Timolol to Treat Myopic Regression After LASIK

Christopher J. Rapuano, MD


January 14, 2013

Effect of Timolol on Refractive Outcomes in Eyes With Myopic Regression After Laser In Situ Keratomileusis: A Prospective Randomized Clinical Trial

Shojaei A, Eslani M, Vali Y, Mansouri M, Dadman N, Yaseri M
Am J Ophthalmol. 2012;154:790-798

Study Summary

Shojaei and colleagues performed a prospective, randomized, placebo-controlled, double-masked clinical trial evaluating the efficacy of timolol 0.5% drops vs artificial tears to treat regression after LASIK surgery for myopia. The LASIK was performed with a Technolas 217-Z excimer laser. The LASIK flap was fashioned with a Moria M2 mechanical microkeratome.

Each group included 51 eyes, and 45 eyes in each group completed the study. The mean preoperative spherical equivalent (SE) was approximately -8 diopters (D) in each group. Patients were entered into the study an average of 5 months after their LASIK surgery (range, 1-15 months). The mean degree of myopic regression in both groups was approximately -1.5 D.

In the timolol-treated eyes, the mean SE declined from -1.48 D to -0.88 D after 6 months of timolol. The SE remained stable at -0.86 D for 6 months after the timolol was discontinued. This reduction was statistically significant (P < .001). In the placebo-treated eyes, the mean SE became progressively more myopic from -1.57 (pretreatment) to -1.83 (6 months after treatment) to -1.91 (6 months after discontinuation of timolol; all P < .001). The effect of timolol diminished the longer after the LASIK it was started by approximately 0.25 D for every 4 months after the procedure (P < .001). The investigators concluded that topical timolol 0.05% twice daily for 6 months was effective to reverse small degrees of myopic regression after LASIK surgery, and the effect lasted for at least 6 months after the medication was stopped. The earlier after the LASIK surgery that timolol is started, the greater the effect.


Although the refractive results of LASIK surgery for myopia are generally excellent, postoperative regression can occur, especially when higher degrees of myopia are being treated. Regression is defined as myopia developing after achieving an excellent refraction soon after surgery, as opposed to undercorrection, in which full correction was never achieved. Regression is quite frustrating for patients (who initially had excellent uncorrected vision only to have it disappear) and surgeons (who now have to deal with unhappy patients). Regression is often managed with glasses or contact lenses; however, patients are often dissatisfied with these solutions.

Exactly why regression occurs is not known. One theory is that because LASIK weakens the cornea, the intraocular pressure (IOP) actually causes the anterior and posterior corneal curvatures to bulge slightly, resulting in corneal steepening and regression. If that were the case, then reducing the IOP might treat regression after LASIK. Shojaei and colleagues demonstrated that timolol 0.5% twice daily can reverse myopic regression by approximately 0.6 D, whereas in the control eyes, myopia progressed by approximately 0.3 D. The effect of the timolol was statistically significant in the low and moderate myopia groups (up to but not over -10 D). The IOP declined from 13 mm Hg to 10 mm Hg during the 6 months of timolol treatment and reverted back to 13 mm Hg after it was stopped. The IOP did not change in the control group. They also showed that the refractions remained stable for 6 months after timolol was stopped.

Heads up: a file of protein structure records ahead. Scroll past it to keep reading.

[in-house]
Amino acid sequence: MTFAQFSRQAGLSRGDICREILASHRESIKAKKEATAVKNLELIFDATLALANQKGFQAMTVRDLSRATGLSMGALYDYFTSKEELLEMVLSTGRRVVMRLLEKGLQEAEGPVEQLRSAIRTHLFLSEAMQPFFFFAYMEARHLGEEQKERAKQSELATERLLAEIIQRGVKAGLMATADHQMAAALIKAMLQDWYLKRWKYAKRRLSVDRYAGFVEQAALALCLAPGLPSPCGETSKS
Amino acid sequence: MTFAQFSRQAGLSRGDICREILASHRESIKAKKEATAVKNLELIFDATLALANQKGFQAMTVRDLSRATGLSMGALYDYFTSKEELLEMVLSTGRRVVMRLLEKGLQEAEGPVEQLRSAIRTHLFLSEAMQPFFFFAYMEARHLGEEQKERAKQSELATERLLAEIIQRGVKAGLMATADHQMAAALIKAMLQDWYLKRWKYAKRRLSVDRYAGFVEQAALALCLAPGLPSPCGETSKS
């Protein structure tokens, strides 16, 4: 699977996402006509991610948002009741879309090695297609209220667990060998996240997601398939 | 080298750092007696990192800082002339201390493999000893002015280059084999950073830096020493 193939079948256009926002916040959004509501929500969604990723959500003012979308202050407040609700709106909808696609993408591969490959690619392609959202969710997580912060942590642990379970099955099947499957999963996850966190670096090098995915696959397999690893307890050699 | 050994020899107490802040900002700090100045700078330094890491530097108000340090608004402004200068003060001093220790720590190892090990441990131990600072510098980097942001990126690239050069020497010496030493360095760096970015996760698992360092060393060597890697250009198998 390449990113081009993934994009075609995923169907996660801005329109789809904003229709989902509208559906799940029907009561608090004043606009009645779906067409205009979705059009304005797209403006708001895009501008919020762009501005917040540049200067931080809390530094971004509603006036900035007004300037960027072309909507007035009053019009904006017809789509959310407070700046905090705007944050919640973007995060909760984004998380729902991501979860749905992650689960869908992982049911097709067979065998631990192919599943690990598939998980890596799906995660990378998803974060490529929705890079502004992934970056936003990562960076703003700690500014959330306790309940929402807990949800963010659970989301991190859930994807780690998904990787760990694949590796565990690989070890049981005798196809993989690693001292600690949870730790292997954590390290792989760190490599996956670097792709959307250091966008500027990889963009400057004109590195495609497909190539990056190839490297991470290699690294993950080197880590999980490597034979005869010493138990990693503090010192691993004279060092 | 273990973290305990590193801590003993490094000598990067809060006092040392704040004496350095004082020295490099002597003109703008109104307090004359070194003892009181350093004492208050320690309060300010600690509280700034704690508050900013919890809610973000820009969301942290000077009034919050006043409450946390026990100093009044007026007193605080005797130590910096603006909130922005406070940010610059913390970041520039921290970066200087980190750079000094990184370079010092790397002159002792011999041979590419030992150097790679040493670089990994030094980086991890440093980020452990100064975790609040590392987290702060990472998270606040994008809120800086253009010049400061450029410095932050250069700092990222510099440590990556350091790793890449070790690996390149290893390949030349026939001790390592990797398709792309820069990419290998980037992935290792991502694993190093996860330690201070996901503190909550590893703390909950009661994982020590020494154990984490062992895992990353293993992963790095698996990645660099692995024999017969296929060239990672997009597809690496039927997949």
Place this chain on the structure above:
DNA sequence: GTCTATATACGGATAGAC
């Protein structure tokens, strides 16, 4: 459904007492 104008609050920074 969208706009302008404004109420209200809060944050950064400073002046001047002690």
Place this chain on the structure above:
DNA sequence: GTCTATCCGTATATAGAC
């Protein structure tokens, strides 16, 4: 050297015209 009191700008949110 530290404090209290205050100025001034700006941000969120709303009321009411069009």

The investigators measured corneal thickness, which did not differ between the 2 groups at any time in the study. However, they did not measure anterior or posterior corneal curvature. Therefore, that the reduced IOP led to a change in corneal curvature and thus reduced refractive regression can only be assumed. Why didn't the refractive regression continue after the timolol was discontinued and the IOP returned to baseline? The investigators postulate that by that time corneal healing had occurred, which strengthened the cornea enough so that it didn't bulge as much from the IOP. It would be helpful to confirm this possibility with corneal curvature measurements.

How can we use the results of this study in clinical practice? We should think about using timolol in eyes with mild-to-moderate degrees of refractive regression after myopic LASIK, especially if it is discovered in the first few months of the LASIK procedure. Timolol treatment probably won't work as well in more myopic eyes with higher degrees of refractive regression. In those eyes, surgical enhancement should be considered when the refraction is stable.

This raises the question of whether other IOP-lowering medications would work as effectively as timolol, which has occasional systemic side effects, as well as whether timolol (or another IOP-lowering medication) would work for refractive regression after myopic surface ablation, such as photorefractive keratectomy or epi-LASIK. These are excellent questions for future studies.